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Editorial: China heads toward digital dictatorship as parliament meets

China has launched a session of its National People's Congress, with President Xi Jinping continuing to amass power amid moves to introduce major reforms, personnel changes and constitutional amendments.

In a new age utilizing artificial intelligence and digital technology, it appears China's dictatorial hues could develop into a new stage.

In a report on government activities at the outset of the session, Chinese Premier Li Keqiang swore loyalty to Xi using stronger-than-usual rhetoric, urging delegates to "resolutely safeguard General Secretary Xi Jinping's core status."

Chinese lawmakers are setting the stage for a long-term administration under Xi, with proposals to remove a constitutional clause that limits presidencies to two five-year terms, and to include Xi's name in a reference to thought on "Socialism with Chinese Characteristics for a New Era"

Propagandist maneuvers reminiscent of the personality cult in the era of Mao Zedong, who was called a leader of the people, have stood out. But we cannot simply describe the current situation as a reversion to the past.

In his report, Li underscored China's push for innovation in line with "the latest global revolution in science and technology." In a show of confidence, he also listed e-commerce, mobile payments and the sharing economy as areas in which China was leading the world. He additionally set as a target the utilization of next-generation artificial intelligence.

China will not only promote industrial development, but aim to enrich administrative services through the internet. Such a framework, utilizing digital technology to make the running of the state more efficient, could be understood as a digital dictatorship.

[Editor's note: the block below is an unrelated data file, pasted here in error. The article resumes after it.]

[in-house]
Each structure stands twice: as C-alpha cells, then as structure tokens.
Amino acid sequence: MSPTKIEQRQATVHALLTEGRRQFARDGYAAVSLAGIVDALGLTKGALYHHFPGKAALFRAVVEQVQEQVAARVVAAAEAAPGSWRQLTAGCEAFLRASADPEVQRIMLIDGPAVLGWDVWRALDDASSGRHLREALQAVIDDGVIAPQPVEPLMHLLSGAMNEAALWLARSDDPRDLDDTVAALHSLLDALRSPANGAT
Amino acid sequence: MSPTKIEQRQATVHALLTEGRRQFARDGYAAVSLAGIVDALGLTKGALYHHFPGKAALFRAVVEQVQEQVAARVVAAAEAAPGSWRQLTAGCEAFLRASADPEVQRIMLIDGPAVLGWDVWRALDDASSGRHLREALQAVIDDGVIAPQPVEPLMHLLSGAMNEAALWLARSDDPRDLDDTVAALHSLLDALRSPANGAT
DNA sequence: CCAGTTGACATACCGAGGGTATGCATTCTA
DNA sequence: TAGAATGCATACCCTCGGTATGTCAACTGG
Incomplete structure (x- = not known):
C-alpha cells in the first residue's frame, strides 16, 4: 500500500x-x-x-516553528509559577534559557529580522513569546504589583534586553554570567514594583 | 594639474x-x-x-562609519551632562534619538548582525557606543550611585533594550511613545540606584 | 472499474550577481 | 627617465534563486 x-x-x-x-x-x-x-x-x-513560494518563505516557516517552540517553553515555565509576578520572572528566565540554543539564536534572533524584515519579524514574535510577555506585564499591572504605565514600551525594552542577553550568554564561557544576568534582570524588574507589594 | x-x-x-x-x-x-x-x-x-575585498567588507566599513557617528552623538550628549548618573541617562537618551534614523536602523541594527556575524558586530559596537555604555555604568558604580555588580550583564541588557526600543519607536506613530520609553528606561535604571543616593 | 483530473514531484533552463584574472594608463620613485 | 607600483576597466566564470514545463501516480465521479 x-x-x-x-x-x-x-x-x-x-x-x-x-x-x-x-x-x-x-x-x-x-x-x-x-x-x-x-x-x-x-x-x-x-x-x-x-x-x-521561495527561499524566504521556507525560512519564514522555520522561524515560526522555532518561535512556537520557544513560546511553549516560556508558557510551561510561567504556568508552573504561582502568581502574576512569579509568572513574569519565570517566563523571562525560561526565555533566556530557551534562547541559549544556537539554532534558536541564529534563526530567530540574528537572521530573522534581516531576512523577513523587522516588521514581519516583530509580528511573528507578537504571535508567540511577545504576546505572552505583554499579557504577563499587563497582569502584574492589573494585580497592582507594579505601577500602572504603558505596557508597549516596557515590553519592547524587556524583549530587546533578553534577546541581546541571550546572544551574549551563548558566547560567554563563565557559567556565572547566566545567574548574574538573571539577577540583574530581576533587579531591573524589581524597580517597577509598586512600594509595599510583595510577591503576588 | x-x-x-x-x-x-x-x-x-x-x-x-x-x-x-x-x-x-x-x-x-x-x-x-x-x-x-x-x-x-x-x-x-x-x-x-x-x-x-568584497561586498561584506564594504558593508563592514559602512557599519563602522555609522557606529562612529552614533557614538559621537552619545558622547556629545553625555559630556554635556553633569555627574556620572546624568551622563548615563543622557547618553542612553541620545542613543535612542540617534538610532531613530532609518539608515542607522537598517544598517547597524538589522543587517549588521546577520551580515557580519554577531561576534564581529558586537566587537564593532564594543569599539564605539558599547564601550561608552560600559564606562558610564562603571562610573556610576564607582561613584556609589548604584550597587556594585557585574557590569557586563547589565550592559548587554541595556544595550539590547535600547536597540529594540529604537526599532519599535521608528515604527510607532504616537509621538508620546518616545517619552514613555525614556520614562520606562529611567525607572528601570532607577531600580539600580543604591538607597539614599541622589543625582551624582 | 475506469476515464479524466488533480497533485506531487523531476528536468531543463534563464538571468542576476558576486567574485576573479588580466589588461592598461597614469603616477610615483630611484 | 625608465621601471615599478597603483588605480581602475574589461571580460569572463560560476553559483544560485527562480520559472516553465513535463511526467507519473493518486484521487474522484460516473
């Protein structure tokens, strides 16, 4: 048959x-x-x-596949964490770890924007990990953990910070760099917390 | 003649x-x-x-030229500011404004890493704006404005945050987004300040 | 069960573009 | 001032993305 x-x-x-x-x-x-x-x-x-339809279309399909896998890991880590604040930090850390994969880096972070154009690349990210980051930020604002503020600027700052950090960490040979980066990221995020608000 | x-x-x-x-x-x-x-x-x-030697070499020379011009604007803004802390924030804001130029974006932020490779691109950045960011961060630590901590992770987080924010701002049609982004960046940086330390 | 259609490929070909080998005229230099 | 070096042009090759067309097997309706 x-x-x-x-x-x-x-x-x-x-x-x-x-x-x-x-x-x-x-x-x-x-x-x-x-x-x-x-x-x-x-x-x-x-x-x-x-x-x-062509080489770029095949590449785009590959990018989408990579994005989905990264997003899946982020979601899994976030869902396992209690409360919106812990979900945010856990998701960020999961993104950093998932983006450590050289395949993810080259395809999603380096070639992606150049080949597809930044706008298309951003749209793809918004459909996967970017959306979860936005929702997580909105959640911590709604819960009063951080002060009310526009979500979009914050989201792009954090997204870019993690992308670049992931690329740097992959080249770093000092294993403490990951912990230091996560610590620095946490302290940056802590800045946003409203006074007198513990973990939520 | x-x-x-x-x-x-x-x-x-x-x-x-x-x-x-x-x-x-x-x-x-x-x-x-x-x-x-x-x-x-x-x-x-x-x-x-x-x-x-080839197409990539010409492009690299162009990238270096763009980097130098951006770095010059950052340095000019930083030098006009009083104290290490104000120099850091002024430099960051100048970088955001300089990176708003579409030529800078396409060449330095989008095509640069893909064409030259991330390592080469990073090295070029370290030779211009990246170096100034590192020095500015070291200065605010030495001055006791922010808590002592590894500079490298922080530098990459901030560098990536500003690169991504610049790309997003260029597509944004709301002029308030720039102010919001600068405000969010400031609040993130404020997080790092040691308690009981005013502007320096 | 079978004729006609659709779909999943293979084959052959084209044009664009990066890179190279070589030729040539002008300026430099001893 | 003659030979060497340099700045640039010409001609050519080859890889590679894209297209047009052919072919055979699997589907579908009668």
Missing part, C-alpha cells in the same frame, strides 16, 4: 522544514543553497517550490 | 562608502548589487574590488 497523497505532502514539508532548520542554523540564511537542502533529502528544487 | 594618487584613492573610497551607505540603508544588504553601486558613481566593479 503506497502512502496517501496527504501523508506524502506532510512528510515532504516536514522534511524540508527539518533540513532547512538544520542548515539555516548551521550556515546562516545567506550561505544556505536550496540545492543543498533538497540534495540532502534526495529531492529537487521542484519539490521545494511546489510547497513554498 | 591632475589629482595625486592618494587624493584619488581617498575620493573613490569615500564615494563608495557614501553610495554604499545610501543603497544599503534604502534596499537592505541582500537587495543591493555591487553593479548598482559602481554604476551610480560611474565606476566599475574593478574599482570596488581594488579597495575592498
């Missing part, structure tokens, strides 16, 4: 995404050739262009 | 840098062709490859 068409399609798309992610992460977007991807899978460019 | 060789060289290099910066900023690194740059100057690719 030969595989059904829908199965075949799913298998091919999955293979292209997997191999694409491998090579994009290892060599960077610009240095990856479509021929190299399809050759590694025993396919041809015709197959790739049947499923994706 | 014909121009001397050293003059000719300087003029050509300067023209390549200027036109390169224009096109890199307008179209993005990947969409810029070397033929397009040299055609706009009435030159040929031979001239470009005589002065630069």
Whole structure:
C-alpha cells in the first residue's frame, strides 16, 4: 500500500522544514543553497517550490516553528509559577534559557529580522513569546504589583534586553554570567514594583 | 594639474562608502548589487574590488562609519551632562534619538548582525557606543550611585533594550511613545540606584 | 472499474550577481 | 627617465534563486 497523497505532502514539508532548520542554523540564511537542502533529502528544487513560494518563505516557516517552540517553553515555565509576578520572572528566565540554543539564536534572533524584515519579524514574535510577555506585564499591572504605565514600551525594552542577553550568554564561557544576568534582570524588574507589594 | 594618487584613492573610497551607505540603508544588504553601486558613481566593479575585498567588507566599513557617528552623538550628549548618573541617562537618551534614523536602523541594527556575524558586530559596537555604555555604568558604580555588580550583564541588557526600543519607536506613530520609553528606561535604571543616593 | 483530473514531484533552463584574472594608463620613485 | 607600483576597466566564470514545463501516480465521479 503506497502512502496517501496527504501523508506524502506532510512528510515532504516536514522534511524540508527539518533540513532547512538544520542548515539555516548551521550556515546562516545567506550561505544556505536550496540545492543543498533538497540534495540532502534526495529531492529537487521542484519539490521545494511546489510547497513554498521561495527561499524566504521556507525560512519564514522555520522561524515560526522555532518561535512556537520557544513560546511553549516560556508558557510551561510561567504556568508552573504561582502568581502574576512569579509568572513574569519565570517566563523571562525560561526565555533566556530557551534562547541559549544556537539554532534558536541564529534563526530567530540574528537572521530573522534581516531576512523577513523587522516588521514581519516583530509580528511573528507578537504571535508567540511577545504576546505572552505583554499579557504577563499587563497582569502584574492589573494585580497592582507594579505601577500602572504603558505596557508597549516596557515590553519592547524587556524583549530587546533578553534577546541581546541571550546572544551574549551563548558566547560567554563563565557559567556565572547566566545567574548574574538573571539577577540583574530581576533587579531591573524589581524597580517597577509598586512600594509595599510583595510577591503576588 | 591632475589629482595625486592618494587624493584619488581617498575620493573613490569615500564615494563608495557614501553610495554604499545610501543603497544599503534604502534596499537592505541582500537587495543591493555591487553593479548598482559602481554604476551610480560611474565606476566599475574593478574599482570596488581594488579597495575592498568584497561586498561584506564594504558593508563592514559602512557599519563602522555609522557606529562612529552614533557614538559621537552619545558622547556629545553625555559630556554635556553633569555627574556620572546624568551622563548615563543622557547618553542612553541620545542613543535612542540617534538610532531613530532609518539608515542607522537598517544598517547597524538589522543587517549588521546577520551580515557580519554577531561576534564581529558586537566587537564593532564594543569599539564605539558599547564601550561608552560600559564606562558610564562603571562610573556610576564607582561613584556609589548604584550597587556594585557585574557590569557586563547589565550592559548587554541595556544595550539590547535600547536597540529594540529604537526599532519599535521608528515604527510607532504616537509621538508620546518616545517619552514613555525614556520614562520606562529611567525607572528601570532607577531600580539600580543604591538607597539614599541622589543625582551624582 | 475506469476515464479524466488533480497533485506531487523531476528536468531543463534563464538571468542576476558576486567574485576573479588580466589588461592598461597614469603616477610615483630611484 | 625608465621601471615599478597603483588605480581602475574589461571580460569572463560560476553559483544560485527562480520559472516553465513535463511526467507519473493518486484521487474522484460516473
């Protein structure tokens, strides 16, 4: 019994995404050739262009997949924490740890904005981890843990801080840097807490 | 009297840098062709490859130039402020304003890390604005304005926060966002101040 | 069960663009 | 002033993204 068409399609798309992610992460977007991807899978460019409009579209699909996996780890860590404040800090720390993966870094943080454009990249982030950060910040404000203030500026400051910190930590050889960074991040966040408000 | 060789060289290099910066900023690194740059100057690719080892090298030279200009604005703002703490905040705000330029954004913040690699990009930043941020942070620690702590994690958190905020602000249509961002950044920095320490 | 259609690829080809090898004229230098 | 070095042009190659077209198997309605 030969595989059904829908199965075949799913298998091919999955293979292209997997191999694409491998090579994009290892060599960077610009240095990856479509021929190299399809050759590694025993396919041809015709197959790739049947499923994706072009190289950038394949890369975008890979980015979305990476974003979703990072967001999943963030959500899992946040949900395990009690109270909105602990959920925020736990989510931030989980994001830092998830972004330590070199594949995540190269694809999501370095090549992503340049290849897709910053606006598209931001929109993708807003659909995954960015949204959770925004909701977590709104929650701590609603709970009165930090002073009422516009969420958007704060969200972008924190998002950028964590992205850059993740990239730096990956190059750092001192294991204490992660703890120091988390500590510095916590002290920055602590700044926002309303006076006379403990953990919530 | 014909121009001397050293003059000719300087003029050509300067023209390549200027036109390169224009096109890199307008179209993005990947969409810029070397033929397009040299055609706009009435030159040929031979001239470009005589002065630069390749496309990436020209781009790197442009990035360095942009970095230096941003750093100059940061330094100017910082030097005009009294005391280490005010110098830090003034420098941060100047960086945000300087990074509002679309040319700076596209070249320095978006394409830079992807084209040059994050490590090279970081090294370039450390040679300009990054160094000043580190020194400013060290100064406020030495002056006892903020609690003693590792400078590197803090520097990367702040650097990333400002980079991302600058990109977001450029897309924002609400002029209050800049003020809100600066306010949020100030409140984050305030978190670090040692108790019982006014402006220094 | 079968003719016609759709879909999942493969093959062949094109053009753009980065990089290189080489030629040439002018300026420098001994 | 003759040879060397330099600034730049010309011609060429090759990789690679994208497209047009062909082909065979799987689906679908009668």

Due to a deceleration of growth, it will not be easy to achieve this year's stated target of economic growth of around 6.5 percent. China hopes to convert a revolution in technology into a new driving force, while opening the path for improvement in people's quality of life.

But is it possible to maintain economic vitality while restricting political freedom? This is a question that China will face in the future. International society has reservations about whether China can coexist with the current order while enhancing its dictatorial tones.

This year, China will raise its defense spending by 8.1 percent, surpassing its economic growth rate, to a level 3.5 times higher than what Japan spends. It is certain that the technological revolution extending to artificial intelligence and other fields will be reflected in military technology.

Li stressed that China would adhere to a path of peaceful development, but China still needs to show that there will be no deceit in its future diplomatic policies or in its actions in international society. It would be dangerous if China were to increase pressure on Taiwan, Hong Kong or other areas in the name of a "great restoration of the people of China."

China is a neighbor that has started to walk on its own path, separate from the United States, European countries and Japan. To obtain a real picture of the country it is vital to promote dialogue and exchange.

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